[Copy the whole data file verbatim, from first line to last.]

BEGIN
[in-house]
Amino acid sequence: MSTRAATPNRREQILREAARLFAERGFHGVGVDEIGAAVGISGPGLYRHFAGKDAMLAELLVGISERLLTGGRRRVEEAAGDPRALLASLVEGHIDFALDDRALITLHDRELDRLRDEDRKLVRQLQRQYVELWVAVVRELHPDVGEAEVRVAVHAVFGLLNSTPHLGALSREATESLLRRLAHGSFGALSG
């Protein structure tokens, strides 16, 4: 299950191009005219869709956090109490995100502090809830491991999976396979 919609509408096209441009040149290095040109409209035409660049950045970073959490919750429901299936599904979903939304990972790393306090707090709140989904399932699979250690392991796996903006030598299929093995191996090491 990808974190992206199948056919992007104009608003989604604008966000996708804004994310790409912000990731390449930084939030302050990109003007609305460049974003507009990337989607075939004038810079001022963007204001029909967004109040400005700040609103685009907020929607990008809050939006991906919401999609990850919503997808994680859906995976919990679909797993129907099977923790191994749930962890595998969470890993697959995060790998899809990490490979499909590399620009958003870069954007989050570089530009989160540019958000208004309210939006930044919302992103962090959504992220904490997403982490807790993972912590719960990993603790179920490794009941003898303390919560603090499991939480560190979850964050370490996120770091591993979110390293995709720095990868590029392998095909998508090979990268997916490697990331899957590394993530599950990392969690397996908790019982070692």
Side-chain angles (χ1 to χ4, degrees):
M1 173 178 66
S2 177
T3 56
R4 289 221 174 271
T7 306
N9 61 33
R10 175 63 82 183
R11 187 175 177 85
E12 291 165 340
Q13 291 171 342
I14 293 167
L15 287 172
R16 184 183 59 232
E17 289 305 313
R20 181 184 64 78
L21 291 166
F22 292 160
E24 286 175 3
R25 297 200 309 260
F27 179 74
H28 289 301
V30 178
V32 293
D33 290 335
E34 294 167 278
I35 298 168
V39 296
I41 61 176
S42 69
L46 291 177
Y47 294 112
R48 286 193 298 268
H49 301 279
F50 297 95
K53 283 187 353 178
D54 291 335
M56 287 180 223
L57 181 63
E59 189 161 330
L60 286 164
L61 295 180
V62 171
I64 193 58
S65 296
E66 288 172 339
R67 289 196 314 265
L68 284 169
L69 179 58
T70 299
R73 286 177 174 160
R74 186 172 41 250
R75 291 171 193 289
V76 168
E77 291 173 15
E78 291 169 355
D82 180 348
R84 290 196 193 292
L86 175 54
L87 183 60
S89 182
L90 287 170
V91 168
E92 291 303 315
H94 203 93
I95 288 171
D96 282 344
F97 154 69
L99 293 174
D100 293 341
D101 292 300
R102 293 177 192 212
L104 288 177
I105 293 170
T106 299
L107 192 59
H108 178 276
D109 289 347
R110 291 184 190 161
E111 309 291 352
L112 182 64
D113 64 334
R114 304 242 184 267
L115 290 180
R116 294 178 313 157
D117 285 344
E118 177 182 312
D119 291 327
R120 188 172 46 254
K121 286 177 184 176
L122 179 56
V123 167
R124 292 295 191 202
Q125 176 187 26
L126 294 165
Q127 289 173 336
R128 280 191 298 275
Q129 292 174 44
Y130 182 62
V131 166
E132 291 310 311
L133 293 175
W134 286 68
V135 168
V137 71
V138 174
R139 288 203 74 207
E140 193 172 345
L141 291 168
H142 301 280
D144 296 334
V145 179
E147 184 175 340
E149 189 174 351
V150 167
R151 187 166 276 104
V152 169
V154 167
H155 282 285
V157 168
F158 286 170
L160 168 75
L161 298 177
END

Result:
[in-house]
Amino acid sequence: MSTRAATPNRREQILREAARLFAERGFHGVGVDEIGAAVGISGPGLYRHFAGKDAMLAELLVGISERLLTGGRRRVEEAAGDPRALLASLVEGHIDFALDDRALITLHDRELDRLRDEDRKLVRQLQRQYVELWVAVVRELHPDVGEAEVRVAVHAVFGLLNSTPHLGALSREATESLLRRLAHGSFGALSG
């Protein structure tokens, strides 16, 4: 299950191009005219869709956090109490995100502090809830491991999976396979 919609509408096209441009040149290095040109409209035409660049950045970073959490919750429901299936599904979903939304990972790393306090707090709140989904399932699979250690392991796996903006030598299929093995191996090491 990808974190992206199948056919992007104009608003989604604008966000996708804004994310790409912000990731390449930084939030302050990109003007609305460049974003507009990337989607075939004038810079001022963007204001029909967004109040400005700040609103685009907020929607990008809050939006991906919401999609990850919503997808994680859906995976919990679909797993129907099977923790191994749930962890595998969470890993697959995060790998899809990490490979499909590399620009958003870069954007989050570089530009989160540019958000208004309210939006930044919302992103962090959504992220904490997403982490807790993972912590719960990993603790179920490794009941003898303390919560603090499991939480560190979850964050370490996120770091591993979110390293995709720095990868590029392998095909998508090979990268997916490697990331899957590394993530599950990392969690397996908790019982070692």
Side-chain angles (χ1 to χ4, degrees):
M1 173 178 66
S2 177
T3 56
R4 289 221 174 271
T7 306
N9 61 33
R10 175 63 82 183
R11 187 175 177 85
E12 291 165 340
Q13 291 171 342
I14 293 167
L15 287 172
R16 184 183 59 232
E17 289 305 313
R20 181 184 64 78
L21 291 166
F22 292 160
E24 286 175 3
R25 297 200 309 260
F27 179 74
H28 289 301
V30 178
V32 293
D33 290 335
E34 294 167 278
I35 298 168
V39 296
I41 61 176
S42 69
L46 291 177
Y47 294 112
R48 286 193 298 268
H49 301 279
F50 297 95
K53 283 187 353 178
D54 291 335
M56 287 180 223
L57 181 63
E59 189 161 330
L60 286 164
L61 295 180
V62 171
I64 193 58
S65 296
E66 288 172 339
R67 289 196 314 265
L68 284 169
L69 179 58
T70 299
R73 286 177 174 160
R74 186 172 41 250
R75 291 171 193 289
V76 168
E77 291 173 15
E78 291 169 355
D82 180 348
R84 290 196 193 292
L86 175 54
L87 183 60
S89 182
L90 287 170
V91 168
E92 291 303 315
H94 203 93
I95 288 171
D96 282 344
F97 154 69
L99 293 174
D100 293 341
D101 292 300
R102 293 177 192 212
L104 288 177
I105 293 170
T106 299
L107 192 59
H108 178 276
D109 289 347
R110 291 184 190 161
E111 309 291 352
L112 182 64
D113 64 334
R114 304 242 184 267
L115 290 180
R116 294 178 313 157
D117 285 344
E118 177 182 312
D119 291 327
R120 188 172 46 254
K121 286 177 184 176
L122 179 56
V123 167
R124 292 295 191 202
Q125 176 187 26
L126 294 165
Q127 289 173 336
R128 280 191 298 275
Q129 292 174 44
Y130 182 62
V131 166
E132 291 310 311
L133 293 175
W134 286 68
V135 168
V137 71
V138 174
R139 288 203 74 207
E140 193 172 345
L141 291 168
H142 301 280
D144 296 334
V145 179
E147 184 175 340
E149 189 174 351
V150 167
R151 187 166 276 104
V152 169
V154 167
H155 282 285
V157 168
F158 286 170
L160 168 75
L161 298 177